Some times I like to paddle in conditions that push my limits. In our end of lake Erie the water depth is 95% under 30 ft deep, and a lot under 20 ft deep. This means 4 or 5 foot waves are quite steep at times. When they are steep and breaking my West River tends to give a surprise broach now and then. It's quite concerning on the days I have bitten off too much & am miles from shore. On the rare occasion that I have done this to myself in this boat I wish I where paddling something different. British style hulls with more rocker and not so much vertical volume at the ends do not have such a noticeable tendency (though the 20 mile paddles in reasonable conditions are not so comfortable in a British style hull). In rough conditions it becomes hard to keep up with paddlers in boats with out this tendency as they are not taking such deliberate strokes, but are just focusing on paddling fast and having fun surfing waves. My guess is only 1 out of 10 paddlers put themselves in this position, so the broaching is only a issue to a very few people on a very few occasions.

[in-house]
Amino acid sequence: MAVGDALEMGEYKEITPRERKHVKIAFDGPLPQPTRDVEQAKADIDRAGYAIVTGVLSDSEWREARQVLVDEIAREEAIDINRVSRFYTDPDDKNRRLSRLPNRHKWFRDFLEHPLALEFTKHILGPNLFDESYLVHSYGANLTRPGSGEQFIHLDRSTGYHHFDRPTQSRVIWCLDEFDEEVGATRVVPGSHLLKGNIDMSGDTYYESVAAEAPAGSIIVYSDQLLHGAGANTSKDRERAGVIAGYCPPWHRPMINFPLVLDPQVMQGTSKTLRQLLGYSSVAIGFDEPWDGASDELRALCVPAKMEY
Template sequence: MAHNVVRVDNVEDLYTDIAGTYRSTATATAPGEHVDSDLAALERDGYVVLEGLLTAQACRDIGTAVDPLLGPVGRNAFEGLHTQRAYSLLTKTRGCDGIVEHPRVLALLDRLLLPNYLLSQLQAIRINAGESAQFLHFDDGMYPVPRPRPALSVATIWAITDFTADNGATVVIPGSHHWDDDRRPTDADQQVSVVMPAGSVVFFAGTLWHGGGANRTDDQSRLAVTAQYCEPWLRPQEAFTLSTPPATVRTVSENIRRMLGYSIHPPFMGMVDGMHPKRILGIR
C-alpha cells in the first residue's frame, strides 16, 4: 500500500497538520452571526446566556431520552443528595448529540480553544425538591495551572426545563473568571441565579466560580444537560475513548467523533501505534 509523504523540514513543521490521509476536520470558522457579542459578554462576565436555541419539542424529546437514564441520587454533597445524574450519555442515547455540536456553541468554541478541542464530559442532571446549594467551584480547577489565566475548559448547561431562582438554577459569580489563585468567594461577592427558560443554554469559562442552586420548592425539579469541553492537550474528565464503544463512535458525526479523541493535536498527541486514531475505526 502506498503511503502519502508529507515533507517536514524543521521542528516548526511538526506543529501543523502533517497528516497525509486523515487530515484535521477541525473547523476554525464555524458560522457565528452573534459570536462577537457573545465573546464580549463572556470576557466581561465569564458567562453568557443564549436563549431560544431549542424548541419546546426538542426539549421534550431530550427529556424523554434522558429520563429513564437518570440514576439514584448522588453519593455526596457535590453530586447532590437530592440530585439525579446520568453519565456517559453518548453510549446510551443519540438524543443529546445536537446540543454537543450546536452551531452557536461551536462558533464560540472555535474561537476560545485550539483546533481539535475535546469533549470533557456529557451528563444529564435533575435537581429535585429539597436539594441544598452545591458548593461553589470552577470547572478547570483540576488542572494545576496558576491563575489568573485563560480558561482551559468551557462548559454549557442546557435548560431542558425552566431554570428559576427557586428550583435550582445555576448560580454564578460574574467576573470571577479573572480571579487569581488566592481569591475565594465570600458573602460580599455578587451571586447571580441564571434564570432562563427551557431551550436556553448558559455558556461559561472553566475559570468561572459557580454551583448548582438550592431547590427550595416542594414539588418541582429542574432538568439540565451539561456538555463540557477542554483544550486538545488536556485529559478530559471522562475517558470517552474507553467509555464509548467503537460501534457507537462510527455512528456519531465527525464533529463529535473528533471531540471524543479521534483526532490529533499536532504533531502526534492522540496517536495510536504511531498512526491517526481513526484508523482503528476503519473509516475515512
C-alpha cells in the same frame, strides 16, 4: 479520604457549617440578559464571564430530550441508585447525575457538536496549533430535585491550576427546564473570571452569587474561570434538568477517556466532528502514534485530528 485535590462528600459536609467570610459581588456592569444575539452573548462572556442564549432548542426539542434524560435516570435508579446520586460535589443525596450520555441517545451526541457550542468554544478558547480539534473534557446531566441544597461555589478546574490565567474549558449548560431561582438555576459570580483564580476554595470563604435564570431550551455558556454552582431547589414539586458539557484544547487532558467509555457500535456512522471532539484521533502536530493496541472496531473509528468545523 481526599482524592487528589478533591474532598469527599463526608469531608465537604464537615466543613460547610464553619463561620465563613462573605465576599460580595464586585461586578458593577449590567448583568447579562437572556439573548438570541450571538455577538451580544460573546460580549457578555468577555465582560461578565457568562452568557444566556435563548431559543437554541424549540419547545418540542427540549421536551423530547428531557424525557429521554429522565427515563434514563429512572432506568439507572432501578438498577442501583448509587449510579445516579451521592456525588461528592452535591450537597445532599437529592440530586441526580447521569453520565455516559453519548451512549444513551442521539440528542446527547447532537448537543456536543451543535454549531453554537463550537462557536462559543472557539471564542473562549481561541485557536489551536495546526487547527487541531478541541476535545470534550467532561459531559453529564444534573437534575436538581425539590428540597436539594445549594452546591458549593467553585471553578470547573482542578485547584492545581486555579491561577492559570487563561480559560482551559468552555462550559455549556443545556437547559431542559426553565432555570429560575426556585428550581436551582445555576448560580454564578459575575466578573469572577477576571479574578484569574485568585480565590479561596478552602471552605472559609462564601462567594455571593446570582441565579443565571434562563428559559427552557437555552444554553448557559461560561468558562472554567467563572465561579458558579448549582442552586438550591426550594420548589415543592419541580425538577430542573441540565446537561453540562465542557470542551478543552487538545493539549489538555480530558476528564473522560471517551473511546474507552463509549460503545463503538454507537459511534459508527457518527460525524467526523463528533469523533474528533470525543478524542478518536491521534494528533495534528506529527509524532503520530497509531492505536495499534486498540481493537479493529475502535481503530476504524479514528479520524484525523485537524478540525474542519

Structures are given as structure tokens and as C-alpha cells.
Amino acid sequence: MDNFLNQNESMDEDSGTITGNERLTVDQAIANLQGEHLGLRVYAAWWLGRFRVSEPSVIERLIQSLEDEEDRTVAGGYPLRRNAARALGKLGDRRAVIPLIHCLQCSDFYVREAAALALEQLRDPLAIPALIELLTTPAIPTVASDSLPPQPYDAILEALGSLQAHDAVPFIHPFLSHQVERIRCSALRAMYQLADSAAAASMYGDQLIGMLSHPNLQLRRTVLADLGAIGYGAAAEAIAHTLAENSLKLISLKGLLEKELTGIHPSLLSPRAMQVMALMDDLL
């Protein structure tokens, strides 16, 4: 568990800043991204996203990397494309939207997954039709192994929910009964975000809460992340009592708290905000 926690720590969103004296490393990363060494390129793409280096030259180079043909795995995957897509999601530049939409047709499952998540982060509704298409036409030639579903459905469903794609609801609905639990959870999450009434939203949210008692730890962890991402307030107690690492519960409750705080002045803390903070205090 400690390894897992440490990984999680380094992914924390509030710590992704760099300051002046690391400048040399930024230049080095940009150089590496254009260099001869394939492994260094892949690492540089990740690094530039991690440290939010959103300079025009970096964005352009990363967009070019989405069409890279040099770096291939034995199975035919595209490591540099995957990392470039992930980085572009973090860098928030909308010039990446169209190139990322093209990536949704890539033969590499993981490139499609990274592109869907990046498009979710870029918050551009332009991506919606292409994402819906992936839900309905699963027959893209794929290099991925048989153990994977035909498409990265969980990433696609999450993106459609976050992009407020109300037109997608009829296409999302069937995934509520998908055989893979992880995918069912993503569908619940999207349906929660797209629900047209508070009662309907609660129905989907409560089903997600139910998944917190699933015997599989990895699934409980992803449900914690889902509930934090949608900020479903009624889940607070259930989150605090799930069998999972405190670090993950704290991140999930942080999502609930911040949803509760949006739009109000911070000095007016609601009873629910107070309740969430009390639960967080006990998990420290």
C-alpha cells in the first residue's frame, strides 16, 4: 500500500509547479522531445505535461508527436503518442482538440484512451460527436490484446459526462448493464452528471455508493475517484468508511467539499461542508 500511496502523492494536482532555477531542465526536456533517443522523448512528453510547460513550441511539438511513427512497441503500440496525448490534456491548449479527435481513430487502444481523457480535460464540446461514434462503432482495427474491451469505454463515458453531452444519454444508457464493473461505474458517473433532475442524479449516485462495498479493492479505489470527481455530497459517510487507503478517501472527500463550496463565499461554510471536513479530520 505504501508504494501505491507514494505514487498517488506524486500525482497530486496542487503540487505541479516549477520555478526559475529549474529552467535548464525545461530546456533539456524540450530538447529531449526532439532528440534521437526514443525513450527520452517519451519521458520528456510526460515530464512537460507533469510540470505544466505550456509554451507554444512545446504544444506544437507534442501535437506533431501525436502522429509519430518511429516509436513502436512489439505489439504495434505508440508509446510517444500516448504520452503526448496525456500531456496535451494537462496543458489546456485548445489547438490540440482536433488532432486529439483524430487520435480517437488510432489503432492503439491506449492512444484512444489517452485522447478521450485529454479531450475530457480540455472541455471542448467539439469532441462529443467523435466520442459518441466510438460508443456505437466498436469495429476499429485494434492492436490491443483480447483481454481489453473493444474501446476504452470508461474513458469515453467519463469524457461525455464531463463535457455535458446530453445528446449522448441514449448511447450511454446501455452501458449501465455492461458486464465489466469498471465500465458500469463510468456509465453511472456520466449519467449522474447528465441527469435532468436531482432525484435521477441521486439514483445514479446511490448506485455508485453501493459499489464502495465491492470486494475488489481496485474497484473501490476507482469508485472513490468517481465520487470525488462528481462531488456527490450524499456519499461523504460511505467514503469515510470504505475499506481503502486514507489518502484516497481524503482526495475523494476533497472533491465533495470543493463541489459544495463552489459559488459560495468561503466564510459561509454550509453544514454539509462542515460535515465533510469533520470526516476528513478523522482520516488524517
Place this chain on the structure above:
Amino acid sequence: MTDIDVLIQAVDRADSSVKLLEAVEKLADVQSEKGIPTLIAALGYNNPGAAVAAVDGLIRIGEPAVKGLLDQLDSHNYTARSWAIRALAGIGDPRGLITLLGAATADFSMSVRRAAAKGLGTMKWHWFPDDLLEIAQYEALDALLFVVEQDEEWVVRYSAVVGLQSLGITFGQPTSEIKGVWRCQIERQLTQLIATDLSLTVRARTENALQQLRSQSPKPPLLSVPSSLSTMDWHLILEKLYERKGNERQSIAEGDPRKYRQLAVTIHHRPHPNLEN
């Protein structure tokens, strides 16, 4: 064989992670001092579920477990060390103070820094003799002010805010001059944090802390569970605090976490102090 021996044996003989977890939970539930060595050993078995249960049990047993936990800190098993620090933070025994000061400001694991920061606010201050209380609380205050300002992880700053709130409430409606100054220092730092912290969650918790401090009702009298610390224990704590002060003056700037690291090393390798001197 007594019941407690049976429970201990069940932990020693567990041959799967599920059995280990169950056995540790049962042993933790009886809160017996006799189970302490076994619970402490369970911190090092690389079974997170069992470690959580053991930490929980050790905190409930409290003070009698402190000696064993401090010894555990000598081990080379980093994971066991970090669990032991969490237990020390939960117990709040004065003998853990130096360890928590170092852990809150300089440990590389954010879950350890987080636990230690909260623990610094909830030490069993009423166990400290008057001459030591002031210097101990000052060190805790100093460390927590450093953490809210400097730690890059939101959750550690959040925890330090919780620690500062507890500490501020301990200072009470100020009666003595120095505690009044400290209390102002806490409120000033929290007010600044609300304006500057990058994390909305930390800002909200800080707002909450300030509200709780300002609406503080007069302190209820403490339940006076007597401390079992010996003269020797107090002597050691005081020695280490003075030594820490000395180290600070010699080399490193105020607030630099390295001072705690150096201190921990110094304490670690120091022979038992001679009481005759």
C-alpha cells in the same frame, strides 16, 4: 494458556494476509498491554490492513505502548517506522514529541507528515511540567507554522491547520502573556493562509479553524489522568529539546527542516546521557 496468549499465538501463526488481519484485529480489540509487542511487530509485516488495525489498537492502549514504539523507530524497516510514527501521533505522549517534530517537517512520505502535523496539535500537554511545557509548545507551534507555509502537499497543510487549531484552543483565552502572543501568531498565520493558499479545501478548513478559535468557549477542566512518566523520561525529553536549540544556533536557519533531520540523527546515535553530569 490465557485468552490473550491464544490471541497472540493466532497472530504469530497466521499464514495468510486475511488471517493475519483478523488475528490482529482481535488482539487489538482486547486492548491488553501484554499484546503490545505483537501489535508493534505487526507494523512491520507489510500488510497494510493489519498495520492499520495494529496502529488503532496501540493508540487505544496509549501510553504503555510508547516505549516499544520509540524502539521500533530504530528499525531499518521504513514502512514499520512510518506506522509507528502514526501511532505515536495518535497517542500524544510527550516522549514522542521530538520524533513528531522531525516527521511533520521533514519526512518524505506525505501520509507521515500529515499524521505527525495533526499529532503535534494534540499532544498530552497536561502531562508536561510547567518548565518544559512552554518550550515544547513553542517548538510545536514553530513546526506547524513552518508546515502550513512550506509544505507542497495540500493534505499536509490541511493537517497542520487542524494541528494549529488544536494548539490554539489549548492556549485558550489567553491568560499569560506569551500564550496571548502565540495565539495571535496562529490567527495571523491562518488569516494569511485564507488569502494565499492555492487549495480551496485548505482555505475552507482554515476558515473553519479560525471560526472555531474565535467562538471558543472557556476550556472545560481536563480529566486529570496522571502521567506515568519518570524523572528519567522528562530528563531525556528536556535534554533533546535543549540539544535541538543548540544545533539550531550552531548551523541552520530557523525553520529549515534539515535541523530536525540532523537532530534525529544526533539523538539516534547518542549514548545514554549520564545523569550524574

After discovering what happens in this boat when I am in steep waves and having some issues with power boats near the Erie Islands, I decided to add a bright colored British design to my collection of kayaks. I decided on a roto molded valley Nordkapp. You can see my review on that boat also. After paddling the Nordkapp I felt as though the West River had more drag at my typical relaxed pace. Though the West River at top speeds appears to be a lot faster. Especially when you surf down a big wave. When surfing the West River it looses its resistance (I think it just starts to plane) and takes off like a rocket. When in following seas if you catch a wave right the gps will commonly read 8mph, and many times accelerates beyond that. The West River is not a maneuverable boat, but with good paddle strokes, and leaning you can make it do what you need to do.